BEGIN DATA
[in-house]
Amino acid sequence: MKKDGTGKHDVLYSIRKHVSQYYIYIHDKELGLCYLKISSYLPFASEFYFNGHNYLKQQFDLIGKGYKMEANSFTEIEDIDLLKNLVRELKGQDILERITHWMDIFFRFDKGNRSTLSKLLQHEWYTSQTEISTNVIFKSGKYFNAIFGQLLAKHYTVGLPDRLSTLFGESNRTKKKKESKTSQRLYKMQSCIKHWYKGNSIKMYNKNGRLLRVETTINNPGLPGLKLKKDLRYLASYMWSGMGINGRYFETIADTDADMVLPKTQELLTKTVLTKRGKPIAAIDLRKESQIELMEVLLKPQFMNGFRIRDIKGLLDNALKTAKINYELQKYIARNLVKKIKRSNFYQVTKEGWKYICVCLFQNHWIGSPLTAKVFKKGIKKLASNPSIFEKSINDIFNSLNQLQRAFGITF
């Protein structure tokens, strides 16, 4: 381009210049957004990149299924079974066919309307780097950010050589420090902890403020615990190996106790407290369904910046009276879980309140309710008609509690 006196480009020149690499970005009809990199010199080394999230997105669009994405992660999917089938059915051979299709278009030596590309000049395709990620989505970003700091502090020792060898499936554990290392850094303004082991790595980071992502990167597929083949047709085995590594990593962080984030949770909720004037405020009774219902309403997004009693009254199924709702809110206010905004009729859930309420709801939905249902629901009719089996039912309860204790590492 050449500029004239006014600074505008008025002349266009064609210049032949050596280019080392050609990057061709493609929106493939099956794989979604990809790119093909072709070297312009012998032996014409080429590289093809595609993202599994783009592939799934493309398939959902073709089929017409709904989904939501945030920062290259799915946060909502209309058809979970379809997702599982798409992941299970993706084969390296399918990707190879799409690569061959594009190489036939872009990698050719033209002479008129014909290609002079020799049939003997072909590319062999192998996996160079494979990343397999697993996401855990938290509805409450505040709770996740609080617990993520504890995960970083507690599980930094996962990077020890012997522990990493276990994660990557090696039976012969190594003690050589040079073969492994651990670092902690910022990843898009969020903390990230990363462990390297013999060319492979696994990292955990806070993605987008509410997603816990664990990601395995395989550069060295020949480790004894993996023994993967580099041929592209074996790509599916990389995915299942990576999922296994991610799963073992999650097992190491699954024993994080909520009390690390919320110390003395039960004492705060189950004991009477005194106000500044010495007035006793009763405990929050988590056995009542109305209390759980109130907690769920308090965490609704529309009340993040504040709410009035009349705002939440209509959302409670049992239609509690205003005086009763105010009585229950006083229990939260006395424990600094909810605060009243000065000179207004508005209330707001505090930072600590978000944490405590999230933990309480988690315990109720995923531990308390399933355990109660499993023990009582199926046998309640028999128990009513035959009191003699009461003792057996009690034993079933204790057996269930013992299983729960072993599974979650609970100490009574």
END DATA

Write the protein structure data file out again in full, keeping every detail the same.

[in-house]
Amino acid sequence: MKKDGTGKHDVLYSIRKHVSQYYIYIHDKELGLCYLKISSYLPFASEFYFNGHNYLKQQFDLIGKGYKMEANSFTEIEDIDLLKNLVRELKGQDILERITHWMDIFFRFDKGNRSTLSKLLQHEWYTSQTEISTNVIFKSGKYFNAIFGQLLAKHYTVGLPDRLSTLFGESNRTKKKKESKTSQRLYKMQSCIKHWYKGNSIKMYNKNGRLLRVETTINNPGLPGLKLKKDLRYLASYMWSGMGINGRYFETIADTDADMVLPKTQELLTKTVLTKRGKPIAAIDLRKESQIELMEVLLKPQFMNGFRIRDIKGLLDNALKTAKINYELQKYIARNLVKKIKRSNFYQVTKEGWKYICVCLFQNHWIGSPLTAKVFKKGIKKLASNPSIFEKSINDIFNSLNQLQRAFGITF
């Protein structure tokens, strides 16, 4: 381009210049957004990149299924079974066919309307780097950010050589420090902890403020615990190996106790407290369904910046009276879980309140309710008609509690 006196480009020149690499970005009809990199010199080394999230997105669009994405992660999917089938059915051979299709278009030596590309000049395709990620989505970003700091502090020792060898499936554990290392850094303004082991790595980071992502990167597929083949047709085995590594990593962080984030949770909720004037405020009774219902309403997004009693009254199924709702809110206010905004009729859930309420709801939905249902629901009719089996039912309860204790590492 050449500029004239006014600074505008008025002349266009064609210049032949050596280019080392050609990057061709493609929106493939099956794989979604990809790119093909072709070297312009012998032996014409080429590289093809595609993202599994783009592939799934493309398939959902073709089929017409709904989904939501945030920062290259799915946060909502209309058809979970379809997702599982798409992941299970993706084969390296399918990707190879799409690569061959594009190489036939872009990698050719033209002479008129014909290609002079020799049939003997072909590319062999192998996996160079494979990343397999697993996401855990938290509805409450505040709770996740609080617990993520504890995960970083507690599980930094996962990077020890012997522990990493276990994660990557090696039976012969190594003690050589040079073969492994651990670092902690910022990843898009969020903390990230990363462990390297013999060319492979696994990292955990806070993605987008509410997603816990664990990601395995395989550069060295020949480790004894993996023994993967580099041929592209074996790509599916990389995915299942990576999922296994991610799963073992999650097992190491699954024993994080909520009390690390919320110390003395039960004492705060189950004991009477005194106000500044010495007035006793009763405990929050988590056995009542109305209390759980109130907690769920308090965490609704529309009340993040504040709410009035009349705002939440209509959302409670049992239609509690205003005086009763105010009585229950006083229990939260006395424990600094909810605060009243000065000179207004508005209330707001505090930072600590978000944490405590999230933990309480988690315990109720995923531990308390399933355990109660499993023990009582199926046998309640028999128990009513035959009191003699009461003792057996009690034993079933204790057996269930013992299983729960072993599974979650609970100490009574």